Can Mideast Quartet entice Palestinians to drop plan for UN vote on statehood?
Seeing peril from a UN vote in September on Palestinian statehood, the Mideast Quartet is seeking a way to bring Israelis and Palestinians back to the negotiating table, which has sat empty for months.
Washington — The Middle East Quartet, the diplomatic powers focused on encouraging the peace process, is set to meet in Washington Monday with the aim of paving the way for a relaunch of long-stalled Israeli-Palestinian peace talks.
Prompting the unusual midsummer meeting of the four powers – the United States, European Union, Russia, and the United Nations – is no sudden uptick in violence, and certainly no signs that the two sides are itching to get back to the negotiating table, which has sat unused since last September.
Fearing that such a move would divide the international community at a particularly sensitive moment in the Arab world, and could ultimately feed a return to violence, the Quartet wants to set acceptable terms for both sides to resume peace talks in the coming weeks.
The idea is that a return to direct talks broadly following an outline set by President Obama in his May speech on the Middle East would allow the Palestinians to back down from their insistence on a statehood vote.
But even though Monday’s talks will feature the Quartet’s power players – Secretary of State Hillary Rodham Clinton will host the meeting – arriving at a restart of peace negotiations is anything but assured.
“The challenge now facing the Quartet is twofold,” says Khaled Elgindy, a visiting fellow in foreign policy at the Brookings Institution's Saban Center for Middle East Policy in Washington. The first hurdle will be reaching a “genuine consensus” among the US, EU, UN, and Russia on a statement capable of initiating “a meaningful negotiation process between Israelis and Palestinians.”
But even if the Quartet can do that, the looming second uncertainty is “whether anything they say will be sufficient to convince the Palestinians not to go ahead with the UN vote,” says Mr. Elgindy, who is a former member of the Palestinian negotiating support team.
The Palestinians say they would return to the table (and they hint they could shelve the September statehood bid) if talks on borders are based on the pre-1967 lines – as outlined in Mr. Obama’s speech – and if Israel declares a new settlement freeze.
Yet while Israeli officials say they have been in talks with US officials on acceptable terms for relaunching negotiations, Prime Minister Benjamin Netanyahu maintains the 1967 lines would leave Israel with “indefensible” borders – and he has shown no willingness to renew a settlement freeze.
At the same time, he says declaration of a Palestinian state and its symbolic recognition by the UN General Assembly would poison the peace process for “decades.”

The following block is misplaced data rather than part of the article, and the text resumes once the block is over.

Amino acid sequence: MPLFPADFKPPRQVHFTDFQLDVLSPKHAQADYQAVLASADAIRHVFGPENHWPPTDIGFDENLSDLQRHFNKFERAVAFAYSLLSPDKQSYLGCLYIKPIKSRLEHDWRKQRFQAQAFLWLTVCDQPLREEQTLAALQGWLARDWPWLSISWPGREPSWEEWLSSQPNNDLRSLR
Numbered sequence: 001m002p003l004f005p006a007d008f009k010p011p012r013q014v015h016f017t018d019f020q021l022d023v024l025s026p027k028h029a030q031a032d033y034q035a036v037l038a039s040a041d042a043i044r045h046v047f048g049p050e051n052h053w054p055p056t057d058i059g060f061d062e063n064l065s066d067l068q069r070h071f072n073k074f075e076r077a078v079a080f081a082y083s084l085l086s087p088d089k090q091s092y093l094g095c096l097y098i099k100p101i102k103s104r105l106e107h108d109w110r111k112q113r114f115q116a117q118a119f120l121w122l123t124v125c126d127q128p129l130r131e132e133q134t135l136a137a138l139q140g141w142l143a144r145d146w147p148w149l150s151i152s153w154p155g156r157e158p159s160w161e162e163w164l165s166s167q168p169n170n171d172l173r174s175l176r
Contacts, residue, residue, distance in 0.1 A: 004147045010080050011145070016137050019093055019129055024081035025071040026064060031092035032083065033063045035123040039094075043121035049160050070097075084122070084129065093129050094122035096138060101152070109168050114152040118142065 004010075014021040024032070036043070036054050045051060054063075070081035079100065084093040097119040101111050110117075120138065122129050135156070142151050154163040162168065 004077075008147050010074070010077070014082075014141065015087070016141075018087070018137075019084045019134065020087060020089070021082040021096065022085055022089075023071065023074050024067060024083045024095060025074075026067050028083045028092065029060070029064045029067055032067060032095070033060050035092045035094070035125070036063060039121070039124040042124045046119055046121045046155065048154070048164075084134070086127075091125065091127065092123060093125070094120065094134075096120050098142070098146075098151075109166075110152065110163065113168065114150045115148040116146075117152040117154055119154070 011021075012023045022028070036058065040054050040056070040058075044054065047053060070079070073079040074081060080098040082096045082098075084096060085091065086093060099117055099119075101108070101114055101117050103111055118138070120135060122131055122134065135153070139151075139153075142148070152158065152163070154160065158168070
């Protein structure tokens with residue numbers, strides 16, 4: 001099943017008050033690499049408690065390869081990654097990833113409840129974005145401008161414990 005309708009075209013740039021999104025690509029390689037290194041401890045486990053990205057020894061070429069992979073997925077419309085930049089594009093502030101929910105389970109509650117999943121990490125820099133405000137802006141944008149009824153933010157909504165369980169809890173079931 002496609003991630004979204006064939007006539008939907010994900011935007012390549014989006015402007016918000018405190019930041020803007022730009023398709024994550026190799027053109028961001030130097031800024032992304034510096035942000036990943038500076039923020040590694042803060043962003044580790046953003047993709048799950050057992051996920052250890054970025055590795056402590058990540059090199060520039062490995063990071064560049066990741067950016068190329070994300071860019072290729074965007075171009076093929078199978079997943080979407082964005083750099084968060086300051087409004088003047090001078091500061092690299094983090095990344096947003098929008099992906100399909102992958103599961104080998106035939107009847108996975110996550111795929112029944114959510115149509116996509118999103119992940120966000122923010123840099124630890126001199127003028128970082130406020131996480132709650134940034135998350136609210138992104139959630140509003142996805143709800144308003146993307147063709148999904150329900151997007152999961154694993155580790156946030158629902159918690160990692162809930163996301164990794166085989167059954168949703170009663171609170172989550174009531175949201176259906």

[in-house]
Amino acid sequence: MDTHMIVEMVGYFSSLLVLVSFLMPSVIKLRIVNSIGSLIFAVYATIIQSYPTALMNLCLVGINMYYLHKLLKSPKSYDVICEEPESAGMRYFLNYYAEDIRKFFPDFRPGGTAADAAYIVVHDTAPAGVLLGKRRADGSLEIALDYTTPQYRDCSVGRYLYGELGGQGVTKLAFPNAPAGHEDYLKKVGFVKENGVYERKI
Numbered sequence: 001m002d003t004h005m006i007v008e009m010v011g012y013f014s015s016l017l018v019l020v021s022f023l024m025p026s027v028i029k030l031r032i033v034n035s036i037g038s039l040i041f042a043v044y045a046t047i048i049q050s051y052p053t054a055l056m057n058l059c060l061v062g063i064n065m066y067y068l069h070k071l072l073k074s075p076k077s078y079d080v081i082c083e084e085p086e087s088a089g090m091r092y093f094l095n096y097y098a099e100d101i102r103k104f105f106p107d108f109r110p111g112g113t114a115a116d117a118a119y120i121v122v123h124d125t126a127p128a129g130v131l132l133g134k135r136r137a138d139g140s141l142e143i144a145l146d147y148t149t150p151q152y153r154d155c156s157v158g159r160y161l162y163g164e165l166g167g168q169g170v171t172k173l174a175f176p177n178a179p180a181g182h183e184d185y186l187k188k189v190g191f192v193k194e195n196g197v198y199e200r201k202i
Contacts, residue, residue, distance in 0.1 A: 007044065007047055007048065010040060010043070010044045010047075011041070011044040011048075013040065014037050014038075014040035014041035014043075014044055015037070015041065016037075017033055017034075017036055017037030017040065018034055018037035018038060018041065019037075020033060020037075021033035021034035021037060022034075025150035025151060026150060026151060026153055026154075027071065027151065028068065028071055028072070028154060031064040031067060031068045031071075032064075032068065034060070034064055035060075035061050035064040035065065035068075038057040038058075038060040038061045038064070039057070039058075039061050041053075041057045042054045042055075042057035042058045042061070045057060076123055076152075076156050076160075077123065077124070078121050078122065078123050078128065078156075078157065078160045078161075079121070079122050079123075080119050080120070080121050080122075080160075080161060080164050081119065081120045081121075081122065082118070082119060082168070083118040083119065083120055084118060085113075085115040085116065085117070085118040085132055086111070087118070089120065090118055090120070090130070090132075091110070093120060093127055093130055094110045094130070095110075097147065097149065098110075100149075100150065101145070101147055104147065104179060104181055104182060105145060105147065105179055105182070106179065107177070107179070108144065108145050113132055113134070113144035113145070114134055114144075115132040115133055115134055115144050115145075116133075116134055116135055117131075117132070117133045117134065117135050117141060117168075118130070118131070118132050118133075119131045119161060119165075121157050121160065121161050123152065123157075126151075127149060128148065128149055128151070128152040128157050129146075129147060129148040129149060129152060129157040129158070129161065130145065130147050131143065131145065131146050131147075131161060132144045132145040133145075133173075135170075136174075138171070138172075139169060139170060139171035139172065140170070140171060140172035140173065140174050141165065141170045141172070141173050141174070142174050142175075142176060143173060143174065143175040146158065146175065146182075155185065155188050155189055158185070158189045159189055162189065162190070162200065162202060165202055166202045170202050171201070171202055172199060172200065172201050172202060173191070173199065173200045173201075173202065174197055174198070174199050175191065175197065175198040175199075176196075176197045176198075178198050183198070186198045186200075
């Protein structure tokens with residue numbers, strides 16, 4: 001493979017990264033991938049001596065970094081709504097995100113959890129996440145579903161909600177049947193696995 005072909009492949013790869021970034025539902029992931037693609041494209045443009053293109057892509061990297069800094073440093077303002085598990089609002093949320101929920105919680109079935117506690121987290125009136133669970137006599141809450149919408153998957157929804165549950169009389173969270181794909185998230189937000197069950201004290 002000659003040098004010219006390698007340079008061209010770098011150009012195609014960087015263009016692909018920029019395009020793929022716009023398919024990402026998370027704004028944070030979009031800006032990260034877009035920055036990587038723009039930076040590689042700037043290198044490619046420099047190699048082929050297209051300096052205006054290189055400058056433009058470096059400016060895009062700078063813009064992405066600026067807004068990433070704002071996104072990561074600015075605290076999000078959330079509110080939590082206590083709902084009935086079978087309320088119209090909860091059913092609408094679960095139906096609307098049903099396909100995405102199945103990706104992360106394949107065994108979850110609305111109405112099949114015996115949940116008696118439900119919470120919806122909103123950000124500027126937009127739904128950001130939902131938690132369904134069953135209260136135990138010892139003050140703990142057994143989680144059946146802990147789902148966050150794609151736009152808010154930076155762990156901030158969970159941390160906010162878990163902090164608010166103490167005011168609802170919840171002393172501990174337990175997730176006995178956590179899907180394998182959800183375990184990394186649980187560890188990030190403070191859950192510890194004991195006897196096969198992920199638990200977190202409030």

But for some Middle East analysts – given that both Israelis and Palestinians say they want a return to talks – finding language for a statement that both sides could sign onto may be the easy part for the Quartet.
The real danger is a Quartet effort that succeeds in relaunching talks for talks’ sake, but which lacks any hope of paving the way for meaningful and sustained negotiations, says Aaron David Miller, a public policy scholar at the Woodrow Wilson International Center in Washington.
“The prospects of getting a Quartet statement that the two sides can buy into are actually much better than they were just a short while ago, but the real question here is whether there is anything that can lead to serious and sustained negotiations,” says Mr. Miller. “Where it begins to enter the danger zone is when you raise expectations once again – even though the chances of something real and sustained aren’t there.”
Miller, who served as an adviser to six secretaries of state on the Middle East peace process, says the worst thing now would be one more high-profile ceremony where the US president brings the Israeli and Palestinian leaders together on a stage to launch talks. “It’s the kind of scene we’ve had six or seven times in the last decade or so,” he says – only to have it all collapse within weeks or even days.
The Brookings Institution’s Elgindy agrees, saying the issue is not more negotiations, but actually getting to a solution.
“The problem … is not in getting the parties to the negotiating table – which has occurred off-and-on for nearly 20 years – but in getting them out of negotiations once they start and into a process that might actually lead to an end of the conflict,” he says. “Thus far, neither the US nor the Quartet has put forth a plan that has any reasonable chance of achieving that goal.”
The best option Miller sees is what he calls the “iceberg” plan, where very little of a relaunched process would be visible, but where most of the action would be “below the water line” – discreet negotiations between the two parties with parallel American participation and support.
Miller says he envisions a negotiating period of perhaps six months, during which time all sides would agree not to “grandstand,” or run out to microphones to make political points.
The problem is that such a plan is unlikely to be enough to dissuade the Palestinians from pursuing the UN option in September, as Miller admits. Palestinian President Mahmoud Abbas has said enough times to convince most analysts that it will take significant concessions from Mr. Netanyahu – something virtually no one sees forthcoming.
And while even Elgindy, the former Palestinian negotiator, says September will only produce “a largely symbolic vote at the UN,” he adds that blame for that falls on the US and the international community, which have failed to resolve the conflict.
The Palestinian decision to go to the UN, he says, “is not the cause of the current crisis but rather a symptom.”